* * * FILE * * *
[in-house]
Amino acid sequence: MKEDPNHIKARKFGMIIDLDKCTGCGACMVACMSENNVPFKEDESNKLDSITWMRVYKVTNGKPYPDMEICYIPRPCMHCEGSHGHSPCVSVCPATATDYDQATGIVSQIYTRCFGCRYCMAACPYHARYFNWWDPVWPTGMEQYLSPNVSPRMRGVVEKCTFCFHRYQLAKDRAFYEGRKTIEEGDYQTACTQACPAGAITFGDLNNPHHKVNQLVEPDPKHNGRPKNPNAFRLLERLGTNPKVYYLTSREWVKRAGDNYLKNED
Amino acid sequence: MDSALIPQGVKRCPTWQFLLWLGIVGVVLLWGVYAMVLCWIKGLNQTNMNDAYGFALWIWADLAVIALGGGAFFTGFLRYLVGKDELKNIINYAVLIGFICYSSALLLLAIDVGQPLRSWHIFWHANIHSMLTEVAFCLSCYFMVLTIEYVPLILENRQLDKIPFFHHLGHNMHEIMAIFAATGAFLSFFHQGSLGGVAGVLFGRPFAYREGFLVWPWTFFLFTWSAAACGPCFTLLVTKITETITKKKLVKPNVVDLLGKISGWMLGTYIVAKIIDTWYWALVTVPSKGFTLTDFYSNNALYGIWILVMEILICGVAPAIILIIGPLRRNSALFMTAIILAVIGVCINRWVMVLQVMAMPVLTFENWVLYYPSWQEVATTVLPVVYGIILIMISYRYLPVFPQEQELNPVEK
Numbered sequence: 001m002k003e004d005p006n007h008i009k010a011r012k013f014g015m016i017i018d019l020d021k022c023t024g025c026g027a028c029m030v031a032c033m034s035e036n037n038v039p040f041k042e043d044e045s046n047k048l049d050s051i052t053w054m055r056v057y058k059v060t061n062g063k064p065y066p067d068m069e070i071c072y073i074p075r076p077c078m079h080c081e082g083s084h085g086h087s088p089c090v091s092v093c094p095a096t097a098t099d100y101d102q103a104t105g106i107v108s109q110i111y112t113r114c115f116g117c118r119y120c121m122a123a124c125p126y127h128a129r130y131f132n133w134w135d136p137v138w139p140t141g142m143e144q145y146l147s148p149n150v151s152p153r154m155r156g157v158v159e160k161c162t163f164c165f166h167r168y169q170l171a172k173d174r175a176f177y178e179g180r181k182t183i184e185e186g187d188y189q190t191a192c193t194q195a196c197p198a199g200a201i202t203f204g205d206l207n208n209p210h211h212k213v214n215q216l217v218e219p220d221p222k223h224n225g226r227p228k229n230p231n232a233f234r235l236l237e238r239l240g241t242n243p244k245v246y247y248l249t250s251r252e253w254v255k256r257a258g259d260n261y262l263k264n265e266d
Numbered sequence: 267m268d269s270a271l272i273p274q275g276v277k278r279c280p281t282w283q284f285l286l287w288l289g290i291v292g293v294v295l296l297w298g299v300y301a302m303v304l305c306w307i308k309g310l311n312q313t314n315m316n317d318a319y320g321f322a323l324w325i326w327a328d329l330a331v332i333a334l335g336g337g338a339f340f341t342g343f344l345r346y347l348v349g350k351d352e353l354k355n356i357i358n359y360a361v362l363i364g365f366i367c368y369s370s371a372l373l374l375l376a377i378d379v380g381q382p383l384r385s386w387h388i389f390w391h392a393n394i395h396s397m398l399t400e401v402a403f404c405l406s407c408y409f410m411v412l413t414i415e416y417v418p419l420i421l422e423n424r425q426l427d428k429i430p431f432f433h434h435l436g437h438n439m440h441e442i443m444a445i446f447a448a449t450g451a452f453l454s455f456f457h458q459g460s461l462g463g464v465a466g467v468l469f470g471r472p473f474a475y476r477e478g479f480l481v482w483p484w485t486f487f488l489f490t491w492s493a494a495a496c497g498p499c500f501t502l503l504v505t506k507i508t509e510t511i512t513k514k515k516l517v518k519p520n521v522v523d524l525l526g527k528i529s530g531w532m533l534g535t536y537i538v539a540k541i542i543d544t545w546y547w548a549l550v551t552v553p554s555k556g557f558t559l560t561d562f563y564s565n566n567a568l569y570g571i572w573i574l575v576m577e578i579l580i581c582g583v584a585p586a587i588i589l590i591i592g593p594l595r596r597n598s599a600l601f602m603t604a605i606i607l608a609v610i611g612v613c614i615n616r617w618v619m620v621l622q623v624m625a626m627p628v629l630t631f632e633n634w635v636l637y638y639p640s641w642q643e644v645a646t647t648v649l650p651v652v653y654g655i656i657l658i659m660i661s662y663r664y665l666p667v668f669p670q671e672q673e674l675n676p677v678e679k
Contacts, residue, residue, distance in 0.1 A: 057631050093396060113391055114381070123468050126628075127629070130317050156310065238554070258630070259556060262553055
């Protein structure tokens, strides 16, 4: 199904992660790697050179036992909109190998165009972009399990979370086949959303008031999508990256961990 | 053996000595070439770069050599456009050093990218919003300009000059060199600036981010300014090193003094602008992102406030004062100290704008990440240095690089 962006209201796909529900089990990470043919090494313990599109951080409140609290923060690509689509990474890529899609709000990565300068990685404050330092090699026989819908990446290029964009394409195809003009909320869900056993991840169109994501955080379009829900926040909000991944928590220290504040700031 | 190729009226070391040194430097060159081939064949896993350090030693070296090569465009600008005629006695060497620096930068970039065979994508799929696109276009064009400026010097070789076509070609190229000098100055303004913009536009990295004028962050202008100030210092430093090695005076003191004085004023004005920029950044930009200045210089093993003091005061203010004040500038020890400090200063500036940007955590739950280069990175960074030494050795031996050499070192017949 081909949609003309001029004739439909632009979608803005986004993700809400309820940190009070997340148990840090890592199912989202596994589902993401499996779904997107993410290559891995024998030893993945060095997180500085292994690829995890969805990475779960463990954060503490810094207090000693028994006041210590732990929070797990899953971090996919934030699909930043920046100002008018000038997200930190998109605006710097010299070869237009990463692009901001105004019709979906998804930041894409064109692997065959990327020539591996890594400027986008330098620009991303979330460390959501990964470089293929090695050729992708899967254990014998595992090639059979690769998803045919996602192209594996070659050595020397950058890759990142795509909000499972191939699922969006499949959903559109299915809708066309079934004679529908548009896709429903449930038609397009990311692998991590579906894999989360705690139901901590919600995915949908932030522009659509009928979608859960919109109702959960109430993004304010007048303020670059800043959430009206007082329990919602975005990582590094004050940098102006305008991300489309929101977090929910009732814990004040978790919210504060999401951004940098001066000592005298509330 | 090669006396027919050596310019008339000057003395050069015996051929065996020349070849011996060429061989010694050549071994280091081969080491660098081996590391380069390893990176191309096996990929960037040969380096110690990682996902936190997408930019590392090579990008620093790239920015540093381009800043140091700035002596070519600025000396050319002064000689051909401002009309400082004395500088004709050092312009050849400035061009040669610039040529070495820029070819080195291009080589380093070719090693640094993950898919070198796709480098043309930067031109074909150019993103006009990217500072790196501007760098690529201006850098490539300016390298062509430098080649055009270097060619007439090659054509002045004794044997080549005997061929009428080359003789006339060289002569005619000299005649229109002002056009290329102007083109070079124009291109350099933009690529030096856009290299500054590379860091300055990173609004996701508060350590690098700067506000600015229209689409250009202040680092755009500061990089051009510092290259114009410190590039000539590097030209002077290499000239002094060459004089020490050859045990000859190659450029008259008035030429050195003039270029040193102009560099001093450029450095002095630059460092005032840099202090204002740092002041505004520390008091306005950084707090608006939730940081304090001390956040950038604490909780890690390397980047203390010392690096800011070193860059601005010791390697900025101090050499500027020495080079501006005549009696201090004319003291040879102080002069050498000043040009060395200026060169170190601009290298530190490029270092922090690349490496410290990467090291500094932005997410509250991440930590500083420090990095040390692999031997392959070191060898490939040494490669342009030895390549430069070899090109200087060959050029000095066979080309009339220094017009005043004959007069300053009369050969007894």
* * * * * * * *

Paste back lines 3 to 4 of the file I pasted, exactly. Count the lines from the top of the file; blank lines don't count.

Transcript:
Amino acid sequence: MDSALIPQGVKRCPTWQFLLWLGIVGVVLLWGVYAMVLCWIKGLNQTNMNDAYGFALWIWADLAVIALGGGAFFTGFLRYLVGKDELKNIINYAVLIGFICYSSALLLLAIDVGQPLRSWHIFWHANIHSMLTEVAFCLSCYFMVLTIEYVPLILENRQLDKIPFFHHLGHNMHEIMAIFAATGAFLSFFHQGSLGGVAGVLFGRPFAYREGFLVWPWTFFLFTWSAAACGPCFTLLVTKITETITKKKLVKPNVVDLLGKISGWMLGTYIVAKIIDTWYWALVTVPSKGFTLTDFYSNNALYGIWILVMEILICGVAPAIILIIGPLRRNSALFMTAIILAVIGVCINRWVMVLQVMAMPVLTFENWVLYYPSWQEVATTVLPVVYGIILIMISYRYLPVFPQEQELNPVEK
Numbered sequence: 001m002k003e004d005p006n007h008i009k010a011r012k013f014g015m016i017i018d019l020d021k022c023t024g025c026g027a028c029m030v031a032c033m034s035e036n037n038v039p040f041k042e043d044e045s046n047k048l049d050s051i052t053w054m055r056v057y058k059v060t061n062g063k064p065y066p067d068m069e070i071c072y073i074p075r076p077c078m079h080c081e082g083s084h085g086h087s088p089c090v091s092v093c094p095a096t097a098t099d100y101d102q103a104t105g106i107v108s109q110i111y112t113r114c115f116g117c118r119y120c121m122a123a124c125p126y127h128a129r130y131f132n133w134w135d136p137v138w139p140t141g142m143e144q145y146l147s148p149n150v151s152p153r154m155r156g157v158v159e160k161c162t163f164c165f166h167r168y169q170l171a172k173d174r175a176f177y178e179g180r181k182t183i184e185e186g187d188y189q190t191a192c193t194q195a196c197p198a199g200a201i202t203f204g205d206l207n208n209p210h211h212k213v214n215q216l217v218e219p220d221p222k223h224n225g226r227p228k229n230p231n232a233f234r235l236l237e238r239l240g241t242n243p244k245v246y247y248l249t250s251r252e253w254v255k256r257a258g259d260n261y262l263k264n265e266d